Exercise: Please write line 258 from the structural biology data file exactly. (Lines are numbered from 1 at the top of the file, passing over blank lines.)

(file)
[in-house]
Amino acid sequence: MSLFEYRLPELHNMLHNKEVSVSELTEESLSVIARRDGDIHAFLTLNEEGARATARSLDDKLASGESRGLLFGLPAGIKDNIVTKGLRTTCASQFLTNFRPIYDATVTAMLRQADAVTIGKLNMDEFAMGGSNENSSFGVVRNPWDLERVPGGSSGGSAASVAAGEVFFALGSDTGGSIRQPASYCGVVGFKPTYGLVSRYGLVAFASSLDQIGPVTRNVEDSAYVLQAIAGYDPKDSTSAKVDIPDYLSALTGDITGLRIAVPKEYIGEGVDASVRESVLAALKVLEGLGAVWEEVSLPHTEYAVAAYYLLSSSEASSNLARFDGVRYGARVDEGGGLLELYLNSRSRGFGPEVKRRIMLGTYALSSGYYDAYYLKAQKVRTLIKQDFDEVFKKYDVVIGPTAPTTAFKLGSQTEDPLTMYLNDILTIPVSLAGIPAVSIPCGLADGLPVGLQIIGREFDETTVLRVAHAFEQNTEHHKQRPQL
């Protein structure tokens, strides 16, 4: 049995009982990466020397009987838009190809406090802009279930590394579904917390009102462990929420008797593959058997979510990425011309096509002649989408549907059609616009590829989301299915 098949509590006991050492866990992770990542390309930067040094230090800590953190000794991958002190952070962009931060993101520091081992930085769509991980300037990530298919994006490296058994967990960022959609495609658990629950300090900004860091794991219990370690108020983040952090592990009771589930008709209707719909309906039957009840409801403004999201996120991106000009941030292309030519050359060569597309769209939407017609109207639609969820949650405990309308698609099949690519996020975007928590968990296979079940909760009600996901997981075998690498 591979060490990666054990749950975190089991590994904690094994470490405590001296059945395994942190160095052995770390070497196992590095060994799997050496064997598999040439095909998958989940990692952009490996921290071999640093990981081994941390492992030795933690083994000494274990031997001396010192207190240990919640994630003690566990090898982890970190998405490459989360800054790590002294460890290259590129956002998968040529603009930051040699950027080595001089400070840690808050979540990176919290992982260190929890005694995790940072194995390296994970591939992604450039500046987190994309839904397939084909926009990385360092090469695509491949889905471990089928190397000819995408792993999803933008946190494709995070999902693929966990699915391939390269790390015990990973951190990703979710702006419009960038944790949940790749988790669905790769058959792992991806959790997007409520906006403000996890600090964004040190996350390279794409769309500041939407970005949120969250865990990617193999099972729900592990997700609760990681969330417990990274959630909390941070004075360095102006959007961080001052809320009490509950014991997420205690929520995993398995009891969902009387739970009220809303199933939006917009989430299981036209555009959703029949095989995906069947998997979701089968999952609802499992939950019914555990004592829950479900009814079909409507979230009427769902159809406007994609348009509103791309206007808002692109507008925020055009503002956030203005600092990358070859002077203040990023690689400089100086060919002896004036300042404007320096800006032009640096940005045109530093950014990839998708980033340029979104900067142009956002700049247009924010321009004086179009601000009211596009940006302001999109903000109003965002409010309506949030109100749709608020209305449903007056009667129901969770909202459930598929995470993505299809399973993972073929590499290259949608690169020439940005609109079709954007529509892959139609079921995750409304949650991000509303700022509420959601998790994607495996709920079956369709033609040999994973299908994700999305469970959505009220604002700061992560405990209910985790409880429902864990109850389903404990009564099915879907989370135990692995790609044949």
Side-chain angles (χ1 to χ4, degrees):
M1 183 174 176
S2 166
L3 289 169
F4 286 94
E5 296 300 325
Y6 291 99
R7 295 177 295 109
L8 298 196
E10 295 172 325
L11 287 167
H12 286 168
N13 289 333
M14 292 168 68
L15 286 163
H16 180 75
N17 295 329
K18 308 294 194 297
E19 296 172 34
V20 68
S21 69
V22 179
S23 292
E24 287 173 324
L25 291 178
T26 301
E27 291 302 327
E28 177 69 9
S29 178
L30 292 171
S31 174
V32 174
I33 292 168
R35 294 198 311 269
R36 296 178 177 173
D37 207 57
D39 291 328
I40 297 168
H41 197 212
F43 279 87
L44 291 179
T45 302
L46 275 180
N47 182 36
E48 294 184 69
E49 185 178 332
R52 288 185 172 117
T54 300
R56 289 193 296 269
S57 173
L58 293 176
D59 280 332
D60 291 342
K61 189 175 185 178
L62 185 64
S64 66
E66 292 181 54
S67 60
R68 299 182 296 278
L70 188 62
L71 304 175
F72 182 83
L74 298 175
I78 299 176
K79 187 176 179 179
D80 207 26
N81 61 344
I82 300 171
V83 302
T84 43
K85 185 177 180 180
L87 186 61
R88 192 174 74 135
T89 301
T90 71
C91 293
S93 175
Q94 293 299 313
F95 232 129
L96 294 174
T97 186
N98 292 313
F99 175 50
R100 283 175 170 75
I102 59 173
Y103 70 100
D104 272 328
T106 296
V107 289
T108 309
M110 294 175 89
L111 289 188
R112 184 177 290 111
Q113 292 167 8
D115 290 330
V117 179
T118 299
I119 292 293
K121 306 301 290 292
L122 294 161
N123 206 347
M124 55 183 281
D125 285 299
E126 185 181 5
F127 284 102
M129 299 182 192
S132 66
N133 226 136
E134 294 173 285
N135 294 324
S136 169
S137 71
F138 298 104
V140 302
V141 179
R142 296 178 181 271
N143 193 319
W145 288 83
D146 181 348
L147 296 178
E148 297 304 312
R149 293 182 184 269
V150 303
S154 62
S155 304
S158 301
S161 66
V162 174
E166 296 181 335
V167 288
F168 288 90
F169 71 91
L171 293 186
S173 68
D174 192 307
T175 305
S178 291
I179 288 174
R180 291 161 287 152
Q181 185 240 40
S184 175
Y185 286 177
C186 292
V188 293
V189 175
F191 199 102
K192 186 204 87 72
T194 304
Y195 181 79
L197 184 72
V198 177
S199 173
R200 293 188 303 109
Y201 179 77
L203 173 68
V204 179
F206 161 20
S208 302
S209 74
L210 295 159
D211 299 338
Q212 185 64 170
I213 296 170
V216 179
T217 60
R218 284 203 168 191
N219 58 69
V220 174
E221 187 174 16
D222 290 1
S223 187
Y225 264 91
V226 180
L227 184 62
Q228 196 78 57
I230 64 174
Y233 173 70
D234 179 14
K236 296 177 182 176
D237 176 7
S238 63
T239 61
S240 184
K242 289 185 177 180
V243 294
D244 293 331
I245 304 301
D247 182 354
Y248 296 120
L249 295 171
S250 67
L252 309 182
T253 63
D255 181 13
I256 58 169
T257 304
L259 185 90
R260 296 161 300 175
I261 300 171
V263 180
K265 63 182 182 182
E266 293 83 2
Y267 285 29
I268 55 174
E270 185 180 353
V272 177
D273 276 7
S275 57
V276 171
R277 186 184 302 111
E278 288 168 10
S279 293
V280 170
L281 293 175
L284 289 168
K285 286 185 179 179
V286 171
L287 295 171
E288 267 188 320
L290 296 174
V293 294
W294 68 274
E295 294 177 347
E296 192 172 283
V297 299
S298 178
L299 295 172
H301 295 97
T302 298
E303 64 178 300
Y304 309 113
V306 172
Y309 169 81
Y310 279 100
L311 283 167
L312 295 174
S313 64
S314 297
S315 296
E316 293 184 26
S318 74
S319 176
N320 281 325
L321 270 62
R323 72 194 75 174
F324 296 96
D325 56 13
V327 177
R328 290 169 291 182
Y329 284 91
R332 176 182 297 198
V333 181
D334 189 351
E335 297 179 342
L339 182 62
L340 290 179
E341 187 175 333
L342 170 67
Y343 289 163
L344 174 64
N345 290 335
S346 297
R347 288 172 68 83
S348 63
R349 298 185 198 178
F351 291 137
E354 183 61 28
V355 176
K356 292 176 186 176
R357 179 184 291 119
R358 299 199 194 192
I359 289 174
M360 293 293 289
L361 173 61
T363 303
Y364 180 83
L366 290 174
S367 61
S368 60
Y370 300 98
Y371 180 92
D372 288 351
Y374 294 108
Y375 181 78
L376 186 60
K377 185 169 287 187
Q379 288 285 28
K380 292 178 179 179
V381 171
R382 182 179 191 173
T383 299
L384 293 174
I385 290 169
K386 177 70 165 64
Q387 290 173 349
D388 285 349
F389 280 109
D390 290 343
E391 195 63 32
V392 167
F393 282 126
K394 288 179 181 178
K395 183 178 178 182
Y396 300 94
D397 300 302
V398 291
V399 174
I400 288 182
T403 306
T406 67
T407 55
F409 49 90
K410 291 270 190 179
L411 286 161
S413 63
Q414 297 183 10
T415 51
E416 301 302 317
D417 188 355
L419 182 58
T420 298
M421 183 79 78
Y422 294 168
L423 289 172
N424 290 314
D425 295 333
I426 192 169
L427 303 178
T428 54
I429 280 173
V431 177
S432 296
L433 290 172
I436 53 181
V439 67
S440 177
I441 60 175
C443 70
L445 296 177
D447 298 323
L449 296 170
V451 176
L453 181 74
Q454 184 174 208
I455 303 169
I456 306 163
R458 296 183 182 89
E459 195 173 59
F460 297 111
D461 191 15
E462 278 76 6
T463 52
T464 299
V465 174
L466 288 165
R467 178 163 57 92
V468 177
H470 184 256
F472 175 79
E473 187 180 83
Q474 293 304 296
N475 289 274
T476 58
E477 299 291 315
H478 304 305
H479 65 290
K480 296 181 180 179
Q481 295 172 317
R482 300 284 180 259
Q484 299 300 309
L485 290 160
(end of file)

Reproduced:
L339 182 62